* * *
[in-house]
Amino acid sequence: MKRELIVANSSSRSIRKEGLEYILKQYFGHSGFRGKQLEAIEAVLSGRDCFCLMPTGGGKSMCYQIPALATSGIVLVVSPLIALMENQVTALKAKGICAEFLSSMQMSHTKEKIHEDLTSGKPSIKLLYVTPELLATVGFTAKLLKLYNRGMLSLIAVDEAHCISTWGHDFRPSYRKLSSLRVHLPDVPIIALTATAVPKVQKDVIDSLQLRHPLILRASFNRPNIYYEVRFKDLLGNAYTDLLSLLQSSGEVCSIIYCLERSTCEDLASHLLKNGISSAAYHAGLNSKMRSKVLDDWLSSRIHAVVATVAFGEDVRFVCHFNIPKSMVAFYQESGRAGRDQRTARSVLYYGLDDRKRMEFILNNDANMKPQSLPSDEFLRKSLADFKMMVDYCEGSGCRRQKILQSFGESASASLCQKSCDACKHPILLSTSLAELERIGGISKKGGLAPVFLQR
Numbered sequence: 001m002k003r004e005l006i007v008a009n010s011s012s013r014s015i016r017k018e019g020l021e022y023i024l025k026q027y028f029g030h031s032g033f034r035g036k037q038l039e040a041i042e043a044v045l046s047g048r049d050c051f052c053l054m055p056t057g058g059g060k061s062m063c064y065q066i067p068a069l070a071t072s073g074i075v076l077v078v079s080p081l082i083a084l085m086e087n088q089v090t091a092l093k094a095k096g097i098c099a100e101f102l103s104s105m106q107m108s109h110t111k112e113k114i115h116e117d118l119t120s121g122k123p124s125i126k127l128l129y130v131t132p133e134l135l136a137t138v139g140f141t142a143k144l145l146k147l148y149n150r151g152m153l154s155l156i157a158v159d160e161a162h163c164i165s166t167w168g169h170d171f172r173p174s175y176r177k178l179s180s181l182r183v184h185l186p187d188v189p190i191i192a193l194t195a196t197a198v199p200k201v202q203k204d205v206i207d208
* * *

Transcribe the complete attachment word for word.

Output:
[in-house]
Amino acid sequence: MKRELIVANSSSRSIRKEGLEYILKQYFGHSGFRGKQLEAIEAVLSGRDCFCLMPTGGGKSMCYQIPALATSGIVLVVSPLIALMENQVTALKAKGICAEFLSSMQMSHTKEKIHEDLTSGKPSIKLLYVTPELLATVGFTAKLLKLYNRGMLSLIAVDEAHCISTWGHDFRPSYRKLSSLRVHLPDVPIIALTATAVPKVQKDVIDSLQLRHPLILRASFNRPNIYYEVRFKDLLGNAYTDLLSLLQSSGEVCSIIYCLERSTCEDLASHLLKNGISSAAYHAGLNSKMRSKVLDDWLSSRIHAVVATVAFGEDVRFVCHFNIPKSMVAFYQESGRAGRDQRTARSVLYYGLDDRKRMEFILNNDANMKPQSLPSDEFLRKSLADFKMMVDYCEGSGCRRQKILQSFGESASASLCQKSCDACKHPILLSTSLAELERIGGISKKGGLAPVFLQR
Numbered sequence: 001m002k003r004e005l006i007v008a009n010s011s012s013r014s015i016r017k018e019g020l021e022y023i024l025k026q027y028f029g030h031s032g033f034r035g036k037q038l039e040a041i042e043a044v045l046s047g048r049d050c051f052c053l054m055p056t057g058g059g060k061s062m063c064y065q066i067p068a069l070a071t072s073g074i075v076l077v078v079s080p081l082i083a084l085m086e087n088q089v090t091a092l093k094a095k096g097i098c099a100e101f102l103s104s105m106q107m108s109h110t111k112e113k114i115h116e117d118l119t120s121g122k123p124s125i126k127l128l129y130v131t132p133e134l135l136a137t138v139g140f141t142a143k144l145l146k147l148y149n150r151g152m153l154s155l156i157a158v159d160e161a162h163c164i165s166t167w168g169h170d171f172r173p174s175y176r177k178l179s180s181l182r183v184h185l186p187d188v189p190i191i192a193l194t195a196t197a198v199p200k201v202q203k204d205v206i207d208